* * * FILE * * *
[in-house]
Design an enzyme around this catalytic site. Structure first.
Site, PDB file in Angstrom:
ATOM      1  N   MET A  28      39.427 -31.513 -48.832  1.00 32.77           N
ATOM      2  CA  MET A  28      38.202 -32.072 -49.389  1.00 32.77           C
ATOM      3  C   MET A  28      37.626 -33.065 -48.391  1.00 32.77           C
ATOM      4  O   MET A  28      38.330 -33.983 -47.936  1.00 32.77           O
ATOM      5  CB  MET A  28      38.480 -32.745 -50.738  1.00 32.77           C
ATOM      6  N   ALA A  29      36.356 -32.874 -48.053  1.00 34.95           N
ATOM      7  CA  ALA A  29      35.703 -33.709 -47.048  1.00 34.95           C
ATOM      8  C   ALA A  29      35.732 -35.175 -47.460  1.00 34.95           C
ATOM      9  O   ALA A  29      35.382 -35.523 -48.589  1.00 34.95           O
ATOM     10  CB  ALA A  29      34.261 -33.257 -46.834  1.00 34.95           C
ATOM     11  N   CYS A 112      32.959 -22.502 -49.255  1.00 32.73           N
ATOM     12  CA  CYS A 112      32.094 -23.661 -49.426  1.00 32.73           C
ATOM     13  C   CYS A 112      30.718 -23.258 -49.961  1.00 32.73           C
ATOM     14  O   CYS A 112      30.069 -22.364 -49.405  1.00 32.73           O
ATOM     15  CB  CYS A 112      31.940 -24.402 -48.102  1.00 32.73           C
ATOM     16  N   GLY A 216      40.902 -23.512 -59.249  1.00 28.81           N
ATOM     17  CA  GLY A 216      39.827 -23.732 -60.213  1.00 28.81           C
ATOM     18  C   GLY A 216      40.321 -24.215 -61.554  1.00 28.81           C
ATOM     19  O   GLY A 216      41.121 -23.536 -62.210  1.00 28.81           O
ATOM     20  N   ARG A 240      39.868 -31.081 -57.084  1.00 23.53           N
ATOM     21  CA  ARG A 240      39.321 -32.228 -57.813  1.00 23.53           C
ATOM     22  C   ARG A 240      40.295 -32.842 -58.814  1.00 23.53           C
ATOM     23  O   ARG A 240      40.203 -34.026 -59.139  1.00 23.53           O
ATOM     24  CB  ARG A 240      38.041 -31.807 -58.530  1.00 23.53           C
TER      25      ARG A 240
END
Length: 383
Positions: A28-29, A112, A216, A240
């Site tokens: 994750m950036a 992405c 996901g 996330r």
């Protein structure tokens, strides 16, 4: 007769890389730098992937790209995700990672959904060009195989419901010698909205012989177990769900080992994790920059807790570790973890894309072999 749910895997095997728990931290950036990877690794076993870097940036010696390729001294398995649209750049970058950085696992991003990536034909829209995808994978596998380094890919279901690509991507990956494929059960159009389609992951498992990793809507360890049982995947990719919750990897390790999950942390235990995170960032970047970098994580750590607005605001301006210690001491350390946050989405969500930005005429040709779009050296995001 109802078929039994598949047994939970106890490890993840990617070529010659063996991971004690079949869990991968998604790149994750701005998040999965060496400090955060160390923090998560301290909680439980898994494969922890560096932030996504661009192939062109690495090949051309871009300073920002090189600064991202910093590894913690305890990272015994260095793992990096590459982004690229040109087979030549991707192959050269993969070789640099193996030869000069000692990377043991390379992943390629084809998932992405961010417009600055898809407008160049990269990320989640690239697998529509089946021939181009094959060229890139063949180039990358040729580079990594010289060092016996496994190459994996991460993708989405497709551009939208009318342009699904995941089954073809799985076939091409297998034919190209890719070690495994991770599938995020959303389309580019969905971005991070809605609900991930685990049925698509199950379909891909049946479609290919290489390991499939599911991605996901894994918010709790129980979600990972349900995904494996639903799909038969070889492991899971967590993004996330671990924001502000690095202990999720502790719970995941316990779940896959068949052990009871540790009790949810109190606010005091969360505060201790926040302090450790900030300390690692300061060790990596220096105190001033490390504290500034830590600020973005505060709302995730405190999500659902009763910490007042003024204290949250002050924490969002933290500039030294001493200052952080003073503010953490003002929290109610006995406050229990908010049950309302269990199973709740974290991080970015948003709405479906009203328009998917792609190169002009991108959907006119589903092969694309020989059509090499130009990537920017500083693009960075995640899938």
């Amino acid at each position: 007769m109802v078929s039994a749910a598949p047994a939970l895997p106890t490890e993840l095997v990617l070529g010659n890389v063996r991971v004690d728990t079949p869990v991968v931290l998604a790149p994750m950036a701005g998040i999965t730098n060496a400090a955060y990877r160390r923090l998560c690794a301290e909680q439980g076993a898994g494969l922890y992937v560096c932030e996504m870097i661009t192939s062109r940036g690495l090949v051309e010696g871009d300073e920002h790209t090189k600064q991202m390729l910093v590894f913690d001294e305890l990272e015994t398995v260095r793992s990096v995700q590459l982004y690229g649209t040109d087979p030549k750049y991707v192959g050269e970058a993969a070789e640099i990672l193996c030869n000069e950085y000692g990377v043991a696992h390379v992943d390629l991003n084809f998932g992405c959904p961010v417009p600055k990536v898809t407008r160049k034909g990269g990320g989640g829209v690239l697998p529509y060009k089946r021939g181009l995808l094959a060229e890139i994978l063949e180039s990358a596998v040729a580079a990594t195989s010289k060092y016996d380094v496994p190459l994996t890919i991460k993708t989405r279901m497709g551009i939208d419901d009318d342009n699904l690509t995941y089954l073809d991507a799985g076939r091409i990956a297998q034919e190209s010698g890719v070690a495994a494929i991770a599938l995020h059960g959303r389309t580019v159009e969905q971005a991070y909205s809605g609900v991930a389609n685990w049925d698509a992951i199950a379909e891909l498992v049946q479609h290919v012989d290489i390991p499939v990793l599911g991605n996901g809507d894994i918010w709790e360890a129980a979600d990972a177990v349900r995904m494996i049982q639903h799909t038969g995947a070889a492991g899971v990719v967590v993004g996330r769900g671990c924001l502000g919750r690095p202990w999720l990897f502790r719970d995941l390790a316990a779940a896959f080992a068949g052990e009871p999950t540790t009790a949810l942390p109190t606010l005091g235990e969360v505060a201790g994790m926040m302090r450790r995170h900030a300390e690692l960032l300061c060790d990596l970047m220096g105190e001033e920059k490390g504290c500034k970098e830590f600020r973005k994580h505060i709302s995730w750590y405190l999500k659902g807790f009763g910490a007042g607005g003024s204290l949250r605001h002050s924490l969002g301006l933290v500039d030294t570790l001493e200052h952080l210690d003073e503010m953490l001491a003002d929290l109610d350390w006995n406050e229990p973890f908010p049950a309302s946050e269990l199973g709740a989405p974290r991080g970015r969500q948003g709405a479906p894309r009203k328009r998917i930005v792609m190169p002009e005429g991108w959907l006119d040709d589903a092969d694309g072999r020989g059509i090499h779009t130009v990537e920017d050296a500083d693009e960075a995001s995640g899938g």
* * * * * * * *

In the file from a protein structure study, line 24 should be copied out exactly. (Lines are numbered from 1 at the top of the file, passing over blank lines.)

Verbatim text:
ATOM     21  CA  ARG A 240      39.321 -32.228 -57.813  1.00 23.53           C